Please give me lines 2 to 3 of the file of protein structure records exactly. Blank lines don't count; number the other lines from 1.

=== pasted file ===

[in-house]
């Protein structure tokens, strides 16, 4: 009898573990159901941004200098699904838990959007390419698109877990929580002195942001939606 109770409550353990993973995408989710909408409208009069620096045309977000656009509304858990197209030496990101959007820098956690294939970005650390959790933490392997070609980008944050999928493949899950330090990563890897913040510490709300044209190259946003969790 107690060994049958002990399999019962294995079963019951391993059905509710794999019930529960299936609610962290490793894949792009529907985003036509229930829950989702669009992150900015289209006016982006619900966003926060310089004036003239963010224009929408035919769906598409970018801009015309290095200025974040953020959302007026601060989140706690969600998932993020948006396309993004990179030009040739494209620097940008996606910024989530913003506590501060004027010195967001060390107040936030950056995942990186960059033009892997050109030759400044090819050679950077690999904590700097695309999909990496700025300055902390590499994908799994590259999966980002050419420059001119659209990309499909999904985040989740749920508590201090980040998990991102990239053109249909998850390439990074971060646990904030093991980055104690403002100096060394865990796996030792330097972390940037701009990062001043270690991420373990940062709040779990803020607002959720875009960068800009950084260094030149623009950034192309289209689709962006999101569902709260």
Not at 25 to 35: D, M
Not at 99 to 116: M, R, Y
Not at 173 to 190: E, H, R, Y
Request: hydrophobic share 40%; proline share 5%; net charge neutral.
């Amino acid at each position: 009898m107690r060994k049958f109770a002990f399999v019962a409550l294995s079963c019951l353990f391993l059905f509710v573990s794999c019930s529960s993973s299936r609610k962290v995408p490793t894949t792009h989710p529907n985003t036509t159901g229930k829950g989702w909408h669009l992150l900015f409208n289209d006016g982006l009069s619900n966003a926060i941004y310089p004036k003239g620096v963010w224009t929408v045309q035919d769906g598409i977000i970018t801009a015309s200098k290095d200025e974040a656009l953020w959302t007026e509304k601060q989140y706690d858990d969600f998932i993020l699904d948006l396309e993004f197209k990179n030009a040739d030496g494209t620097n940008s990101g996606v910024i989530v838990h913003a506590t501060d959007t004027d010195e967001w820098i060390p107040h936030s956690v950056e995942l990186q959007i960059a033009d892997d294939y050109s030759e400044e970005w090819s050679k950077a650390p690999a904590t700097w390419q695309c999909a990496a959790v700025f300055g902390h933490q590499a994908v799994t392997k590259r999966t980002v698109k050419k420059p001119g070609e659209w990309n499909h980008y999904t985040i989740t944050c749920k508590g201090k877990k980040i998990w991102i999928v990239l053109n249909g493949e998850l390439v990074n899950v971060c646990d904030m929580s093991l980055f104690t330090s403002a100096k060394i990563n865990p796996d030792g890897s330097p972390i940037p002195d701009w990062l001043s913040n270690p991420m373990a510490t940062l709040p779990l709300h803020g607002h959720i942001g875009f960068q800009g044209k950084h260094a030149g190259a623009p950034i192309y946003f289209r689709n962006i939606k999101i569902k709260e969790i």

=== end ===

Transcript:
């Protein structure tokens, strides 16, 4: 009898573990159901941004200098699904838990959007390419698109877990929580002195942001939606 109770409550353990993973995408989710909408409208009069620096045309977000656009509304858990197209030496990101959007820098956690294939970005650390959790933490392997070609980008944050999928493949899950330090990563890897913040510490709300044209190259946003969790 107690060994049958002990399999019962294995079963019951391993059905509710794999019930529960299936609610962290490793894949792009529907985003036509229930829950989702669009992150900015289209006016982006619900966003926060310089004036003239963010224009929408035919769906598409970018801009015309290095200025974040953020959302007026601060989140706690969600998932993020948006396309993004990179030009040739494209620097940008996606910024989530913003506590501060004027010195967001060390107040936030950056995942990186960059033009892997050109030759400044090819050679950077690999904590700097695309999909990496700025300055902390590499994908799994590259999966980002050419420059001119659209990309499909999904985040989740749920508590201090980040998990991102990239053109249909998850390439990074971060646990904030093991980055104690403002100096060394865990796996030792330097972390940037701009990062001043270690991420373990940062709040779990803020607002959720875009960068800009950084260094030149623009950034192309289209689709962006999101569902709260």
Not at 25 to 35: D, M